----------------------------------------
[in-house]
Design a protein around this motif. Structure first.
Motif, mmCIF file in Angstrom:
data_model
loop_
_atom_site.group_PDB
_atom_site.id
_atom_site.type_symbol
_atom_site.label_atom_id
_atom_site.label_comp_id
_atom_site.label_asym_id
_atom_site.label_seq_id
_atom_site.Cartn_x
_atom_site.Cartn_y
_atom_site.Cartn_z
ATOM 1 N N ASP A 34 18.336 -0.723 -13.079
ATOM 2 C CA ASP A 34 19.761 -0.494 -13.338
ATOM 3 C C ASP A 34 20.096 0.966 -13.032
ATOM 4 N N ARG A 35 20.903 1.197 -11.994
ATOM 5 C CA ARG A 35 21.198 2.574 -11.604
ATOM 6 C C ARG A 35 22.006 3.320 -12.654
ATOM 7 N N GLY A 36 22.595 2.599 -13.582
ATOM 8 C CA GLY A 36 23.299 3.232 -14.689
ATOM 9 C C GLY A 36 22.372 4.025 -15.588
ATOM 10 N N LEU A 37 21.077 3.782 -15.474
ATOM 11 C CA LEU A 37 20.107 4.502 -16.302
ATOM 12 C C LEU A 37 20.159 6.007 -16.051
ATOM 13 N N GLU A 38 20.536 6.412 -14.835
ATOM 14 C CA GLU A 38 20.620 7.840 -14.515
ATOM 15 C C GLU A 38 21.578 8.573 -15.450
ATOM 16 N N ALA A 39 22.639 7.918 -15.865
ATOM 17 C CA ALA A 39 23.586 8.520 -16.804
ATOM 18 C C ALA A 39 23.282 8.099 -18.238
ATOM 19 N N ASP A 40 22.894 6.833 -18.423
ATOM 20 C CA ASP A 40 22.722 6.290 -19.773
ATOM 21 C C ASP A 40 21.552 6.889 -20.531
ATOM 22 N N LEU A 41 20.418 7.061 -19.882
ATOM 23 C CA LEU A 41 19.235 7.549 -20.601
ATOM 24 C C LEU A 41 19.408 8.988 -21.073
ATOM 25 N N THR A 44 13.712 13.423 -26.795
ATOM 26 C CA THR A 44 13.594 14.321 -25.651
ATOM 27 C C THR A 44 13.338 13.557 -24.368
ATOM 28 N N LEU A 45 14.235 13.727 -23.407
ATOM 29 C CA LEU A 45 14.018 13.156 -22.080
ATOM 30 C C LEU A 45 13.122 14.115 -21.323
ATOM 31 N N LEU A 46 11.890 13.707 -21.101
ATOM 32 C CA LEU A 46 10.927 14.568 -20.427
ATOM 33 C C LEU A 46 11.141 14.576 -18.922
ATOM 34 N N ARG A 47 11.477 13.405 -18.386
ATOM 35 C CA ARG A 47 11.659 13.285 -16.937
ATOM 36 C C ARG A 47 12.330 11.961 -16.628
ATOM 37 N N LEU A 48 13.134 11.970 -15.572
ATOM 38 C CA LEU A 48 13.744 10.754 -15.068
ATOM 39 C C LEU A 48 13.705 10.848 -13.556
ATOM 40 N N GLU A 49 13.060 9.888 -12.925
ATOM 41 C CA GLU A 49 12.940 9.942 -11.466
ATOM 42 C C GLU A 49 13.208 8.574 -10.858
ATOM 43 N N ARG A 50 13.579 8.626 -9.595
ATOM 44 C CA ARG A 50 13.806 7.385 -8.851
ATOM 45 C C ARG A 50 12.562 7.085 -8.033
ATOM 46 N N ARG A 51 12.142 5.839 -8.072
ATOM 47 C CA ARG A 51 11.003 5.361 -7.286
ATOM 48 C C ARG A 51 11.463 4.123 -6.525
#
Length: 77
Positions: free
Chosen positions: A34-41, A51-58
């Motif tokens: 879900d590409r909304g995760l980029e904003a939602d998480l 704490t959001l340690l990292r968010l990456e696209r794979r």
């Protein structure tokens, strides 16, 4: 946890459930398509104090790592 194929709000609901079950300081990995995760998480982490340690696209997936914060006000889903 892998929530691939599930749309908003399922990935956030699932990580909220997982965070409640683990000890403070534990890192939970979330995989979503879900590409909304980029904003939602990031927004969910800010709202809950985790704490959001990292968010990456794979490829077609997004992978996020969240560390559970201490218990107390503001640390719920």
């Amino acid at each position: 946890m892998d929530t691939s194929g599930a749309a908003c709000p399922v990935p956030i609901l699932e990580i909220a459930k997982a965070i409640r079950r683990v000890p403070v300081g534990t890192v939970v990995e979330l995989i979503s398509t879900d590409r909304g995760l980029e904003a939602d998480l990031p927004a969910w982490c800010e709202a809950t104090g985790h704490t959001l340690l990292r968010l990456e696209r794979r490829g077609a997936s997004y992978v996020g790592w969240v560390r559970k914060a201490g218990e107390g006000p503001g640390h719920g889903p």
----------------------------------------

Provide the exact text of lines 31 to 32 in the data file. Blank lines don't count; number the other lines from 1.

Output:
ATOM 16 N N ALA A 39 22.639 7.918 -15.865
ATOM 17 C CA ALA A 39 23.586 8.520 -16.804